At this point it turns to the right and follows a ditch across to the river again. By this divergence of the boundary line the three little fields on the right of the road (marked A. B. and C on the plan) are in the Barrow Parish. They are the only land on this side of the river in Barrow.

Writing in June I ventured upon a conjecture as to the reason of this divergence, little expecting to find any explanation as soon as I did. Later in the summer, in looking through some old documents relating to land at Barrow and Quorn, I came across a small scrap of paper on which was a sketch plan of this very corner of the Parish with a partial explanation of the mystery. This plan has been reproduced exactly and stands at the top of the sheet [third picture] attached to this paper. Unfortunately there is no date on it but I believe it represents the state of things about 1625. My reason for assigning this date will appear as we go on.
Let us now study this old plan carefully together and see what it has to tell us, And first we must hope that the points of the compass are put wrongly on it. Instead of north at the top there should be west, and north should be where east is written. [Note: The Museum team have rotated the plan and deleted the erroneous compass points].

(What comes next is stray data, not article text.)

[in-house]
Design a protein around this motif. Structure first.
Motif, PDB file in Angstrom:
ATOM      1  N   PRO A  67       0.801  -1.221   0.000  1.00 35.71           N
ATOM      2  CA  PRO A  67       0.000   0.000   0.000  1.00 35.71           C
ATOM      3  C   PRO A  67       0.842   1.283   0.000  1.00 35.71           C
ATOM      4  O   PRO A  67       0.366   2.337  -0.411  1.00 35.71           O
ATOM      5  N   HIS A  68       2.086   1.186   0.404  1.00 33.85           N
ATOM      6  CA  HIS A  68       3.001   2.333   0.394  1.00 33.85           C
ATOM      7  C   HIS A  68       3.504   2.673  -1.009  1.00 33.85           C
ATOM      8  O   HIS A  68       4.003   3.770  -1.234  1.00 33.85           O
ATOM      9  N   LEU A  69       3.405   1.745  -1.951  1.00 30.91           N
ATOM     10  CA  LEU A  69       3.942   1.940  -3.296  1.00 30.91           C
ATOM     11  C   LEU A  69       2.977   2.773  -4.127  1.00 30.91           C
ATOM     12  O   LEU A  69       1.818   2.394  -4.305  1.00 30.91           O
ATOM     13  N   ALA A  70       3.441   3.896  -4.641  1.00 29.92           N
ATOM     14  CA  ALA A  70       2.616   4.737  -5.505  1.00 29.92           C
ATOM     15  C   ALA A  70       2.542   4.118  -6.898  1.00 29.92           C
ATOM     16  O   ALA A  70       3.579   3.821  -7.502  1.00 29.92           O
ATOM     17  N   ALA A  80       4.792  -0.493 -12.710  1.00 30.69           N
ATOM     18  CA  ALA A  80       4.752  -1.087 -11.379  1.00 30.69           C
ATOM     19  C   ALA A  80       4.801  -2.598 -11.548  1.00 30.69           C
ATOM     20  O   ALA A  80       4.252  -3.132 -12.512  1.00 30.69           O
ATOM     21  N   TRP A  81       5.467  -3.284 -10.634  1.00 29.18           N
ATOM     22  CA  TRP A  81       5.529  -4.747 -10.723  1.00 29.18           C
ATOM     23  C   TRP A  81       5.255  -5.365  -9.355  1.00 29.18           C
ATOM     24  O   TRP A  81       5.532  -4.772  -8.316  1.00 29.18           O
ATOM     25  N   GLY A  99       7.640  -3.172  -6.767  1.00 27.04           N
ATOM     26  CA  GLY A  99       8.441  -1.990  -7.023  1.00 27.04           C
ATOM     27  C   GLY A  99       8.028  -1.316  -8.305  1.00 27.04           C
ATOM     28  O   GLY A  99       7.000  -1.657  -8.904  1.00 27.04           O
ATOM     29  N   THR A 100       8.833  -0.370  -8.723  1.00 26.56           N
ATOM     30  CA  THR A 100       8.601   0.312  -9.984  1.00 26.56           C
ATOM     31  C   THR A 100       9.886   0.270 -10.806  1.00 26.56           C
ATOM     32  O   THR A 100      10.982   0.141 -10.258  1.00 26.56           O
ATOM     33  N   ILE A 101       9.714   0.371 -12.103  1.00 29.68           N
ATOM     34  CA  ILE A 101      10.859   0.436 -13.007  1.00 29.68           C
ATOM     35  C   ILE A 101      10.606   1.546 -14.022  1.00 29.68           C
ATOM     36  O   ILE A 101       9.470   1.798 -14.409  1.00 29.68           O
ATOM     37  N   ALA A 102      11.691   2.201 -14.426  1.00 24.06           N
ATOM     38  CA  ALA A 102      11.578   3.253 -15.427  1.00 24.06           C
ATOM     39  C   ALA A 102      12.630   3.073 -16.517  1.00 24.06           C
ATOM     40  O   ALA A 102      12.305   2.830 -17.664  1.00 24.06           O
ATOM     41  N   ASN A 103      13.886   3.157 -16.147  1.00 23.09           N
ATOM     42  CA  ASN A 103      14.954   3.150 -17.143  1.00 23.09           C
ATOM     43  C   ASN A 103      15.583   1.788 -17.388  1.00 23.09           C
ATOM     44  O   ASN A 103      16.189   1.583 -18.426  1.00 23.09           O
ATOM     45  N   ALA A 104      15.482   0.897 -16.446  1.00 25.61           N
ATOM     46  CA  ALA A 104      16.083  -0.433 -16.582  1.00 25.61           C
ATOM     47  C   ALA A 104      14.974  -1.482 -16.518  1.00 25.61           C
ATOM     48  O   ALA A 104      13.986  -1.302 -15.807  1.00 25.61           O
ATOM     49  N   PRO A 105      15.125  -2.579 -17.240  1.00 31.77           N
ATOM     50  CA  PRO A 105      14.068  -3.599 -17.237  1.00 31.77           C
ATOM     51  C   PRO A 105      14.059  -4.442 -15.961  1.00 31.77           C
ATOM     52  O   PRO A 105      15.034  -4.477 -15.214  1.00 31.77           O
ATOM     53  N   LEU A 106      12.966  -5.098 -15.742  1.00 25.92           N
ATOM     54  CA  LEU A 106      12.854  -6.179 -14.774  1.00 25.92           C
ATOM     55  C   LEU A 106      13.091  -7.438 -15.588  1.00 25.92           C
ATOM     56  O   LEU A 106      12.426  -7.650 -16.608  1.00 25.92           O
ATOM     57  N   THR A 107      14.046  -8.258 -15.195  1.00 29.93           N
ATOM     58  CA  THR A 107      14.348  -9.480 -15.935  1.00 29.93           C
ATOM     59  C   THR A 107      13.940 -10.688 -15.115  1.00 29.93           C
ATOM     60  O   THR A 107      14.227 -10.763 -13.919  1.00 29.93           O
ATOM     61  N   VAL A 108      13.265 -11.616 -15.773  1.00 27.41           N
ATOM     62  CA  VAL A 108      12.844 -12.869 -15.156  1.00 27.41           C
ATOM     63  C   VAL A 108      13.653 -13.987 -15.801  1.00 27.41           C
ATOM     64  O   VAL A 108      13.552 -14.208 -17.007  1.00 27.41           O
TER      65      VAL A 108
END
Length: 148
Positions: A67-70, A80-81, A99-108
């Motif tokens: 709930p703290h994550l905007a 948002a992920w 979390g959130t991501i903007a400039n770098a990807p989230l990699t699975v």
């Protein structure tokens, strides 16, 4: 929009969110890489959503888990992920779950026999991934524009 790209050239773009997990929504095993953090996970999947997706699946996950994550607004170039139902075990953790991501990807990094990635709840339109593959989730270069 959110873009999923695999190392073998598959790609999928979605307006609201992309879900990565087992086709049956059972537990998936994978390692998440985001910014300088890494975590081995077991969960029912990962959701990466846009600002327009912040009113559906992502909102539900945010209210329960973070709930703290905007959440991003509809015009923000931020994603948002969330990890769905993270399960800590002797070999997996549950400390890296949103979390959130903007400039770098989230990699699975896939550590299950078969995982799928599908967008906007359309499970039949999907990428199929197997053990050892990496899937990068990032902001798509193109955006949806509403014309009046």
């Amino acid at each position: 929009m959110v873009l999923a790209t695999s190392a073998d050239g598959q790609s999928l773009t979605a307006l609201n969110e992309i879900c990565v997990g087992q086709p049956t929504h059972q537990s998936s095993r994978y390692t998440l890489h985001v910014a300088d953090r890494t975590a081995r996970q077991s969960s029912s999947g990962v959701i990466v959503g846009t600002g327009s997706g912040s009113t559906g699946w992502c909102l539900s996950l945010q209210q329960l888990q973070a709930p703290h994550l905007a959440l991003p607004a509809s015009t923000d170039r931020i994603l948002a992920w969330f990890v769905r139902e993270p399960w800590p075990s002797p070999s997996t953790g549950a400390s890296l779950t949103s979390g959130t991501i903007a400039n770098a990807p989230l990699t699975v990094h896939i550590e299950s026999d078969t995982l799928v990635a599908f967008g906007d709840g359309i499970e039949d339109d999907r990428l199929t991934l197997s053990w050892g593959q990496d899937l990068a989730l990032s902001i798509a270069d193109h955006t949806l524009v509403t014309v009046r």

Now, beginning at the top, “The Priste (Priest) Bridge.” This old name is still kept for the little bridge near the lodge gate. It was no doubt put up first in ancient times for the clergy of Barrow to come and do duty at the daughter church at Quorn. Next on the left read “Scotche Greene, or the Ancient Mere betwixe Barrow and Quarne.” Scotch Greene is the old name for the meadow over which the “Slabs” footpath crosses and “Meere” is the old word for boundary. So we see that in old times the parish boundary used to run from the Priest Bridge across the “Slabs” meadows to the river. There is still to be seen traces of a ditch in this direction, which is deep enough to need wooden planks for the footpath to cross it. In an old print of 1791 in Throsby’s Leicestershire a hedge running across here is shown, and indeed many people remember it. I may here put on record a discovery I made this summer in relation to the footpath across these meadows. It is well known that till 1886 the path ran from Barrow Bridge along the river for about 250 yards and then bent to the right and so across the avenue, but it had been forgotten that formally it followed the river bank all the way to Quorn village even going between the Hall and the river. In the Town Lands box I found a memorandum drawn up in 1788 when this path was stopped and it was diverted – with consent of parish representatives – to the other side of the Hall, where it now is.